Since we were coming to Myanmar, I discovered at that time that Myanmar has some unique challenges. In Bangladesh, we have an international standard national ID card. In Myanmar, national ID cards (NRC cards) are handwritten. The country does not have digital ID cards yet. You need this NRC card for doing almost everything from opening a bank account to buying a SIM card to opening an MFS account. You need this card everywhere. These companies take these NRC cards and type them and it takes about half an hour to process one. I realized this is a crazy thing and an OCR can solve this problem. We started working on and after a while developed an OCR that can read Burmese handwritten fonts at over 95 accuracies. It can also do facial verification with your photos and face matching and comparison.
Once the product was ready, I started reaching out to the telecom companies here. They initially did not see it as something useful.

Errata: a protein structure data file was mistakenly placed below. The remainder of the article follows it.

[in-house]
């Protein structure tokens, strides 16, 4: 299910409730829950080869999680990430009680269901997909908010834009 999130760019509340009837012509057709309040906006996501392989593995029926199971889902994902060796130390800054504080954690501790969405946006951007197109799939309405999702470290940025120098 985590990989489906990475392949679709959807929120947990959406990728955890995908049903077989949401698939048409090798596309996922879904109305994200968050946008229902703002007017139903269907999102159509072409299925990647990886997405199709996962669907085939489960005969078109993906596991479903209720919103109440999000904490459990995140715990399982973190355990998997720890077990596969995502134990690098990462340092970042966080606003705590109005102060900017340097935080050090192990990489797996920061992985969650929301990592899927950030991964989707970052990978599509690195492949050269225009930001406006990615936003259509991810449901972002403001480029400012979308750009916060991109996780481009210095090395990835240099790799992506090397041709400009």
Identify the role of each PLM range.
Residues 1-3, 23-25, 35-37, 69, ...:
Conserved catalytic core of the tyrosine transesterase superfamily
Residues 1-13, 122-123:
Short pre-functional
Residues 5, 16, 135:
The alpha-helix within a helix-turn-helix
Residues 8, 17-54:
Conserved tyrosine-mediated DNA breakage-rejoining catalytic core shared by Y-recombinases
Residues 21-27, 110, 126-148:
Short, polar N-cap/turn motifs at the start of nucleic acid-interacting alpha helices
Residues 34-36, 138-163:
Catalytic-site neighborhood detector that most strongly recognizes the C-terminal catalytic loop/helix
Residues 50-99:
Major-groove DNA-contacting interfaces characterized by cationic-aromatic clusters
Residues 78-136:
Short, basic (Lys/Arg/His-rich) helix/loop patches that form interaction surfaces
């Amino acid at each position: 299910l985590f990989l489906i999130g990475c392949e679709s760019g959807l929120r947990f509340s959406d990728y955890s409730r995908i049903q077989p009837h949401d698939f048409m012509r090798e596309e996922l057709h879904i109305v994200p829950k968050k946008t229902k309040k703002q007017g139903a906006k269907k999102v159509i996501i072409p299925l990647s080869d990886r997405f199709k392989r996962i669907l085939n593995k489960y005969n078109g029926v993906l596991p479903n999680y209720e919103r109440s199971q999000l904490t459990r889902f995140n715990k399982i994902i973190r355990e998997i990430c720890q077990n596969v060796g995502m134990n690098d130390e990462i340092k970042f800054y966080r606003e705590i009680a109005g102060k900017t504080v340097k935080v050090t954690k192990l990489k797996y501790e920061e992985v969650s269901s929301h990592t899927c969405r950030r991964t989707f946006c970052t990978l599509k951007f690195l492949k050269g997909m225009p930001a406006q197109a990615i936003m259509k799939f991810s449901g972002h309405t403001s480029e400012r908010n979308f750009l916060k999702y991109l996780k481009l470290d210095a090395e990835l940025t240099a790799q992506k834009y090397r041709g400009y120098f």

Then last year PTD, which is similar to BTRC in Bangladesh, passed a new rule saying that there could not be more than two SIMs of a single operator against one NRC. There was no limitation before. The change created a major challenge for the telecom companies. They announced SIM registration and re-registration for the entire Myanmar population. That created an opportunity for our product. Telecom operators now use our OCR product. We are also giving it to the financial sector.
We have an excellent loyalty and reward system product. Many telecoms in Myanmar use our system. We maintain their backends and have long-term contracts with these companies.
We have built a long list of products from telemedicine to marketplaces. Alice was a product of Misfit. After getting huge traction, we decided to spin it off. But we still sell Alice as a reseller.